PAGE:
Prime Minister Yasuhiro Nakasone said today that Japan is prepared to bolster its defense ties with the United States to offset a growing Soviet military presence in the Pacific and will take "more drastic" steps to open its markets to foreign products before he goes to Washington later this month for talks with President Reagan.

In a question-and-answer session over lunch at his official residence here today, Nakasone told seven U.S. reporters that greater efforts to boost Japan's "self-defense capabilities should allow the United States to deploy its resources more effectively for the peace of the world."

Tokyo has been under mounting pressure by Washington to expand its defense role to help relieve heavy U.S. commitments in the military sphere, particularly by undertaking enlarged responsibilities for the protection of Japan's sea lanes.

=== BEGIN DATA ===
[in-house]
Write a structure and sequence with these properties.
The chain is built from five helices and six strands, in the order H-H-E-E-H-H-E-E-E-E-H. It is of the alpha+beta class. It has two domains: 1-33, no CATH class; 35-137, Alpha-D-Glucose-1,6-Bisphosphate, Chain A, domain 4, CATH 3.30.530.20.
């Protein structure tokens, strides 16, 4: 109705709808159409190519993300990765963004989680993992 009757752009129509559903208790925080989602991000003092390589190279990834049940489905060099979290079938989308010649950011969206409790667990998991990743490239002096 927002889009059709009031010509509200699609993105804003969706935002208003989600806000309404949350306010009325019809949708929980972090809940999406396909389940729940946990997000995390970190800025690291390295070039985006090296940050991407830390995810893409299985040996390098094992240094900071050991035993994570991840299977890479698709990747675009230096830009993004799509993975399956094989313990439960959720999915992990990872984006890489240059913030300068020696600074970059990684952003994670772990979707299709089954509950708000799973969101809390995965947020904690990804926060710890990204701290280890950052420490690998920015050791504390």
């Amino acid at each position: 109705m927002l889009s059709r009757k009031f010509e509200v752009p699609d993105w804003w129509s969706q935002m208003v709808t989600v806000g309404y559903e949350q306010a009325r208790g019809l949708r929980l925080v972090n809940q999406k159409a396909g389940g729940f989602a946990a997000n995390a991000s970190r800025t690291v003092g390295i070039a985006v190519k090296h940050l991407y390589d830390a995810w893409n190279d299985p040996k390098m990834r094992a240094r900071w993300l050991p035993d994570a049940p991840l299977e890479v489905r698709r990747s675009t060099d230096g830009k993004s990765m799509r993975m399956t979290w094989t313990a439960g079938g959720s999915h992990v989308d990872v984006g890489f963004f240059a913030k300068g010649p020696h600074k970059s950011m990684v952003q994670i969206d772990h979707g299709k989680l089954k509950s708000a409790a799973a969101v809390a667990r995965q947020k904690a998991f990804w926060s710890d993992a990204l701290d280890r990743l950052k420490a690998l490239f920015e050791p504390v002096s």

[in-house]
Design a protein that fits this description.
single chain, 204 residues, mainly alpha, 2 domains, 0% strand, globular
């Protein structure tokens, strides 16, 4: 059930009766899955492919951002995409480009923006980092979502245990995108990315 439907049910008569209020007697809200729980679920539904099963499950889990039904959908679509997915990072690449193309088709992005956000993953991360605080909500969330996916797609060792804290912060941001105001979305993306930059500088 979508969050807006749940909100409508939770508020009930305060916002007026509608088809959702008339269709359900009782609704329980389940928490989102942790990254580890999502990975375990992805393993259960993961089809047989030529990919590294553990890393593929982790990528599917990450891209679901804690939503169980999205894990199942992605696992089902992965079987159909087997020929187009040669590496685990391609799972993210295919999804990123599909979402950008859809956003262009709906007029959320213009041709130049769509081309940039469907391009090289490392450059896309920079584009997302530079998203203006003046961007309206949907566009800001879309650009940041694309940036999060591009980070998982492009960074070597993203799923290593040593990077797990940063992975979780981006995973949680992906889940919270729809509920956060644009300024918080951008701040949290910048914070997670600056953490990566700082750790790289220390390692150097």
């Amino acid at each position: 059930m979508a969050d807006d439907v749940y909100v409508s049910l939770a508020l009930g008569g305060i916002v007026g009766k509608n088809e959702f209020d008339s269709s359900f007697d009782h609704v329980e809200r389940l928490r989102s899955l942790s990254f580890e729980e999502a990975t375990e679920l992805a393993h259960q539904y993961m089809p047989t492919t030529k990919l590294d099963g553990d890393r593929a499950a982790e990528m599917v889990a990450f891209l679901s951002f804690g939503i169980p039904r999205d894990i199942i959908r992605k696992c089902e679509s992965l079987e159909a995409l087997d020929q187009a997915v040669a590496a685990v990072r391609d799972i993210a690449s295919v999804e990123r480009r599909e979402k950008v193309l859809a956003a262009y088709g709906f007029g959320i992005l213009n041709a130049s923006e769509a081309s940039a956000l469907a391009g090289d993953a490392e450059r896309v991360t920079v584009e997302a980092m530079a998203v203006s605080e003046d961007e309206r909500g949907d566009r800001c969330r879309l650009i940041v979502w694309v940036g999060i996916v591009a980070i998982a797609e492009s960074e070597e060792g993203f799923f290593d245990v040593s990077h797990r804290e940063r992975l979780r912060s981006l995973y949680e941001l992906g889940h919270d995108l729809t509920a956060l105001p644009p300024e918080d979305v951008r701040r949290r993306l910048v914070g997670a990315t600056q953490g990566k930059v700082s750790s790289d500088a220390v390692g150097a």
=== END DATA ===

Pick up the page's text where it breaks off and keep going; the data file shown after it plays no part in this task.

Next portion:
While Nakasone gave no timetable for implementing a defense buildup, he pledged to honor a commitment made by his predecessor Zenko Suzuki for "even greater efforts" during talks in Washington with President Reagan in May 1981. He called the Suzuki-Reagan joint communique an "epoch-making one" and said Japan will gear its "defense strength to the changing international situation."

Nakasone's remarks came in sharp contrast to the more cautious stand of Suzuki, who fired his foreign minister and several top bureaucrats after they persuaded him to put the controversial word "alliance" into the communique to describe the military relationship between Tokyo and Washington. The phraseology touched off a storm of protest in Japan, where antiwar sentiments are strong.